As the National Football League got its 98th season underway, the “MTSU On the Record” radio program examined players’ salaries.
Host Gina Logue’s interview with Dr. Michael Roach, an associate professor of economics, first aired Sept. 5 on WMOT-FM Roots Radio 89.5 and www.wmot.org. You can listen to their conversation above.
Roach’s research indicates that offensive linemen and starting quarterbacks in the NFL are underpaid relative to their impact on team performance, in spite of the fact that they are highly compensated.
“When you lose $1 million worth of your offensive talent, your team performance drops more than when you lose $1 million of your defensive talent,” said Roach.
“The drop-off between starter and backup on offense tends to be more precipitous, or at least at those positions, than it would be on defense.”
Using a variable Roach calls the “capout rate,” he defines the market value of talent that does not participate in a team’s games over the course of a year. It takes into consideration the league’s salary cap, which is the limit a team may spend on players’ salaries.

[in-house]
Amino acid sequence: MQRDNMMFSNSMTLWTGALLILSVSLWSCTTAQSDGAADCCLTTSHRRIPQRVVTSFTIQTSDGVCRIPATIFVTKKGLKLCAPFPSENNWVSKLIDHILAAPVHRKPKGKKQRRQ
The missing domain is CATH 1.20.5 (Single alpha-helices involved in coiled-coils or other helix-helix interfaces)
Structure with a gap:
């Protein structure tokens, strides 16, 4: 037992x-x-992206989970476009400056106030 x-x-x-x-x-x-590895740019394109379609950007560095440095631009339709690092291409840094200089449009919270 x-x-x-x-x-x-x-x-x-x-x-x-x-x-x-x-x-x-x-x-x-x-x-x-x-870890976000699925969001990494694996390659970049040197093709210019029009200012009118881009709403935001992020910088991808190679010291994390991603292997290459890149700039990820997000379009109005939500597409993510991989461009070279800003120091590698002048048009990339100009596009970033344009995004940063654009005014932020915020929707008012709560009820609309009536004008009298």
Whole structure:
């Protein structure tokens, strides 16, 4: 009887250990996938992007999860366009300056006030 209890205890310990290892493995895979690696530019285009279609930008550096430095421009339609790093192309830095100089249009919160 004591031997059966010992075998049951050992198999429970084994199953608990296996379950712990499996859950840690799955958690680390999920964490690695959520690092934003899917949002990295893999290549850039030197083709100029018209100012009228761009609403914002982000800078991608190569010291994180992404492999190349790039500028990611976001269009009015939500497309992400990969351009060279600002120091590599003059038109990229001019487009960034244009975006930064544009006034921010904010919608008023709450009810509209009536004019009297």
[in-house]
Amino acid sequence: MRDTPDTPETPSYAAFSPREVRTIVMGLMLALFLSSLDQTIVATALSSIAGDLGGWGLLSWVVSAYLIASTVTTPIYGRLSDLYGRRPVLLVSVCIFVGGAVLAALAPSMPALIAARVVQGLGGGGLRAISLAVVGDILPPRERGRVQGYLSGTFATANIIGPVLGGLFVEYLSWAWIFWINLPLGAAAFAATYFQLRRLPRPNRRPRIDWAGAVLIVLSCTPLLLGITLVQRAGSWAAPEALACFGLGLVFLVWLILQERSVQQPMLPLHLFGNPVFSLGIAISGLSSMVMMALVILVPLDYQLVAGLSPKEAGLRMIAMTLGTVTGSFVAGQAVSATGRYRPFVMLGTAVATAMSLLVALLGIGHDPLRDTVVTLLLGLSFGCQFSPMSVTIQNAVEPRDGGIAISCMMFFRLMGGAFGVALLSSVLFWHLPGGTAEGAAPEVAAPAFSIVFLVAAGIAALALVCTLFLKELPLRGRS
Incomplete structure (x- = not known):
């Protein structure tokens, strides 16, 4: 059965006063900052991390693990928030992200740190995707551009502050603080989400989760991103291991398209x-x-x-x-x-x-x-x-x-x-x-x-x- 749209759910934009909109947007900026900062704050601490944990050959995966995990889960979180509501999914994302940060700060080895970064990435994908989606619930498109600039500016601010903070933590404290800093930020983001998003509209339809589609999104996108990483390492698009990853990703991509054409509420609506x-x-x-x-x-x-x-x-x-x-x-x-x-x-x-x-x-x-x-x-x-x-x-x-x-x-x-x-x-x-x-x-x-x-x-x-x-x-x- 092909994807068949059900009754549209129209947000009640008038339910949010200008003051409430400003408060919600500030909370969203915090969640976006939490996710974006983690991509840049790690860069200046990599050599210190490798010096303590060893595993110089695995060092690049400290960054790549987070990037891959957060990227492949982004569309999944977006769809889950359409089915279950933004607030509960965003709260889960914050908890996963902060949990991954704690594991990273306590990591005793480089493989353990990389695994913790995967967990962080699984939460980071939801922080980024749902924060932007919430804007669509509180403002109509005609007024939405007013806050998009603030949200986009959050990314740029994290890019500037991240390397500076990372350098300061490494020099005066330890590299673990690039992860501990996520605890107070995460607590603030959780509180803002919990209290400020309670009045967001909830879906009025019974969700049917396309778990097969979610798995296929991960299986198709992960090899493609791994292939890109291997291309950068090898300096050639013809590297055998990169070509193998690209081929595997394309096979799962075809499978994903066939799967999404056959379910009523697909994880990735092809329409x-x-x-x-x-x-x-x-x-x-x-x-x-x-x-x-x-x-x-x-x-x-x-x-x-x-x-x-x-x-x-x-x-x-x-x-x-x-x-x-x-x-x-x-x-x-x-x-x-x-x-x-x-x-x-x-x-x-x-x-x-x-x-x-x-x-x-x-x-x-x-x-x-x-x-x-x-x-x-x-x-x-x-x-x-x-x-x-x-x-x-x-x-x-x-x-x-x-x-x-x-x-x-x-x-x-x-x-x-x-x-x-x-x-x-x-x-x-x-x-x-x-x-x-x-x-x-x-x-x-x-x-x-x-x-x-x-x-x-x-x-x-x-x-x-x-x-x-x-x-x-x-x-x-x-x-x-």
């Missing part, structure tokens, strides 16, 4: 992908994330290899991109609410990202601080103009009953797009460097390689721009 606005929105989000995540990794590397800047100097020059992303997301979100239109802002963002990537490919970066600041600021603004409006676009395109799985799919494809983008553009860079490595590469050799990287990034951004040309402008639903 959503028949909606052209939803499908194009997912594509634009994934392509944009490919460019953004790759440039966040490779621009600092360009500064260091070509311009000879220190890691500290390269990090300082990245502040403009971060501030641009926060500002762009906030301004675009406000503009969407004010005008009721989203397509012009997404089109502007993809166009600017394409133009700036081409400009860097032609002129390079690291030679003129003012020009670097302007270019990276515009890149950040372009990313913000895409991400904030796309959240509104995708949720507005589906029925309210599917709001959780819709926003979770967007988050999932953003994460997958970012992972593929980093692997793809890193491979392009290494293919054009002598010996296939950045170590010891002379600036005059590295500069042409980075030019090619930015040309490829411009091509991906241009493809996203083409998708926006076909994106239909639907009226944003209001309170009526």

Roach says teams can use the capout rate to adjust salary resources to maximize labor effectiveness. His statistics are based on individual player salary data from the 2000-09 seasons.
His report, titled “Testing Labor Market Efficiency across Position Groups in the NFL,” was published April 18 in the Journal of Sports Economics.
To hear previous “MTSU On the Record” programs, visit the searchable “Audio Clips” archives at www.mtsunews.com.
For more information, contact Logue at 615-898-5081 or WMOT-FM at 615-898-2800.
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